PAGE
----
They say it doesn’t rain much here, but I don’t know anything about that. I came from dry places and up on hilltops that looked over oceans, now wheat fields and mountain ranges I know by name. I can feel myself getting older because the seasons here change and that tells me more about being alive than any of the books I read. I spend a lot of time driving and it lets me think more than I would like to; black asphalt rolls out in front of me, endless, and curving around landscapes that I used to make up in my imagination. I never knew there was so much land to be had or to be seen or to be drunk in at three in the afternoon. I start thinking about accusations I’ve recently made and clothes I plan on sewing back together. In a given week I have learned the world can seem both equally unfair and remarkably correct and often times at the same time. In bed this morning I could feel my body still asleep and yet my mind had begun to wade through those early thoughts I often have. They tinker and totter somewhere between what’s real and what I would like to be real, and what I would like is for these mornings to never change, but what is real is that they will. I could hear the rain they say never comes clattering against the old window panes and collecting in thin puddles out in the front yard and when I finally did wake up I had the overwhelming feeling as if I hadn’t been gone the past week, like I had made all of it up.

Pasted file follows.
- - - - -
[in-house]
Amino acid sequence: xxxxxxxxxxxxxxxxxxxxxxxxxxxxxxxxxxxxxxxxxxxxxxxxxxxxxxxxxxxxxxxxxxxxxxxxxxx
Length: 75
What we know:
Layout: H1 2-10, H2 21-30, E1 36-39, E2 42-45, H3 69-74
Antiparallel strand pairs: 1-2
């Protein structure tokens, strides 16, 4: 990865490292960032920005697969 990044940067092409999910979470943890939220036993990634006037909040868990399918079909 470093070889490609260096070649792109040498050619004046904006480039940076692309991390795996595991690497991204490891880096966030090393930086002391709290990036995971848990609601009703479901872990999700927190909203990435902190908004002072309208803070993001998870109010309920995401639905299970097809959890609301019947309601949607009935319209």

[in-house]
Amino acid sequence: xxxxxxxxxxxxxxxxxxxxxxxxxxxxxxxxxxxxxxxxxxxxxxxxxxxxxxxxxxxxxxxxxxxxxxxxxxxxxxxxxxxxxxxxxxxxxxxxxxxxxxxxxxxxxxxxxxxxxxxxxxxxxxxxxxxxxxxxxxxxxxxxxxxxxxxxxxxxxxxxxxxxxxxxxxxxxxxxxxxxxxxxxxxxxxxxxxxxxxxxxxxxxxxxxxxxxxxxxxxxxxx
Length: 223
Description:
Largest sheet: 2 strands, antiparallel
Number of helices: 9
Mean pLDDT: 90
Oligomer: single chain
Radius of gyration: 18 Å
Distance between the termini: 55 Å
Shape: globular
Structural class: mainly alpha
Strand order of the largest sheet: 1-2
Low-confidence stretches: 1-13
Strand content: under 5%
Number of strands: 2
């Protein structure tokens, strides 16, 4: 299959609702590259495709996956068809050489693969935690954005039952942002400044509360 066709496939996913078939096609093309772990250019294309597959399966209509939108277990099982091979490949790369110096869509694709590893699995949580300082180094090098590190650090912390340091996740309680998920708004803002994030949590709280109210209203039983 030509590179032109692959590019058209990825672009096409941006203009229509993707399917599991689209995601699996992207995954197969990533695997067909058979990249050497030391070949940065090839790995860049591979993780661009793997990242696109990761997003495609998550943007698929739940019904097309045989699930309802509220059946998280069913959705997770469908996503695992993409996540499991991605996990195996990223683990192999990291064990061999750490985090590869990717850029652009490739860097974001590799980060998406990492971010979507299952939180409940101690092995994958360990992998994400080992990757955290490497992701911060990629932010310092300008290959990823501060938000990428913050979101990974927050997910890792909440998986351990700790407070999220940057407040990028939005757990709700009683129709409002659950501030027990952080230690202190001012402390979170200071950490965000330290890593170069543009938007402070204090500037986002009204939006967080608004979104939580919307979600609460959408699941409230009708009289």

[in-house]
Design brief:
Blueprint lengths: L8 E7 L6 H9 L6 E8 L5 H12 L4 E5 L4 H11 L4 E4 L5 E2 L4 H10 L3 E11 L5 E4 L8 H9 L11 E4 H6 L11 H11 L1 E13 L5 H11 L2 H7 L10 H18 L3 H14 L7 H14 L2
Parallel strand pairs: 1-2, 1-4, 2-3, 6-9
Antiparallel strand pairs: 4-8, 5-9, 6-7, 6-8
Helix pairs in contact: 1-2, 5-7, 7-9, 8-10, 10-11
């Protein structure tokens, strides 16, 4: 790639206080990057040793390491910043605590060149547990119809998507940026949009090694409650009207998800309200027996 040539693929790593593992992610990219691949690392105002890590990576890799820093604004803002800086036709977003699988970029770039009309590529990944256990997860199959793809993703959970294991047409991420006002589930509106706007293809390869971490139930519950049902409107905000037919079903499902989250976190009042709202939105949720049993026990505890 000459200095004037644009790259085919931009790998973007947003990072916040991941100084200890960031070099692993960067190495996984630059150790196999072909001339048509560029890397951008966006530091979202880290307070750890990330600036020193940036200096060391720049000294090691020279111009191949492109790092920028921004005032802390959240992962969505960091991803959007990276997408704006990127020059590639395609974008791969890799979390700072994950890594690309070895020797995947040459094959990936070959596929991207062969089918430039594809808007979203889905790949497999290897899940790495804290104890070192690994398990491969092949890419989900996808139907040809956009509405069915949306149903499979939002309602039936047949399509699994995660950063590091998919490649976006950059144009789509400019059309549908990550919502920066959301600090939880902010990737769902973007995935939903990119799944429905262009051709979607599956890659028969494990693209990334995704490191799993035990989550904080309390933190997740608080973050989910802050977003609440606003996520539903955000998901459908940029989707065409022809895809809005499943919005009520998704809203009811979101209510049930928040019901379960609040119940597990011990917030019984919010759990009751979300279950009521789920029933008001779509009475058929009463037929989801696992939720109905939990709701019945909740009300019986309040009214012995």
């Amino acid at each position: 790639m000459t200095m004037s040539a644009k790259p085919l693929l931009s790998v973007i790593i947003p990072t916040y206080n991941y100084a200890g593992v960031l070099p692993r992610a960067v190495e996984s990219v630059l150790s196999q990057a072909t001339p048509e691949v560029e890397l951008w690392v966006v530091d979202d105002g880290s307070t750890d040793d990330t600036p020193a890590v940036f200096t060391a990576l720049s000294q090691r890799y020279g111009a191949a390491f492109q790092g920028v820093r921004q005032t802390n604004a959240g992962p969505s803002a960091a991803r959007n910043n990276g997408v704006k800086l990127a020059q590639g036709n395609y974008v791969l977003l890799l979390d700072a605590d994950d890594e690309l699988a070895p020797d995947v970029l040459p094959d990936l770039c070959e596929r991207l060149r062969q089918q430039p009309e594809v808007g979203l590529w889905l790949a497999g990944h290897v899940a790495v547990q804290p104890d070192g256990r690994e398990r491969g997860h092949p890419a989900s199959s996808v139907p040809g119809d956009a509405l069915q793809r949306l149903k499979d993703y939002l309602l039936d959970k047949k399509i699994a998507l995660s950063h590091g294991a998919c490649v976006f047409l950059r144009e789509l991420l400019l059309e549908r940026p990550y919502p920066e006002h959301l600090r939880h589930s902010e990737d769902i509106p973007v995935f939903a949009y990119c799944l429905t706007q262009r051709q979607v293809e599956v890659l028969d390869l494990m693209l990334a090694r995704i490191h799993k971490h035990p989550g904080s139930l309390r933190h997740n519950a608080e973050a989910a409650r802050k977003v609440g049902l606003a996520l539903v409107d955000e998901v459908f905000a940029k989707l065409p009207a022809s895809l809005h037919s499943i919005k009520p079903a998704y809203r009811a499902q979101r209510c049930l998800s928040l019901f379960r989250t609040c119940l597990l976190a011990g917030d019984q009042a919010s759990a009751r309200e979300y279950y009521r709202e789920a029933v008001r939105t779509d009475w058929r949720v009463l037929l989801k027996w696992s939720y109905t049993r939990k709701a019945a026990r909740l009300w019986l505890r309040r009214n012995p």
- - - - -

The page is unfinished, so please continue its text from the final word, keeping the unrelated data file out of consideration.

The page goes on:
Published by Erin Rose Belair
I am multi-genre writer specializing in travel, ad-copy, and nonfiction prose. A recent graduate with my MFA I am spending my new found time rambling around the world, practicing yoga, and searching for the best salad ever. View all posts by Erin Rose Belair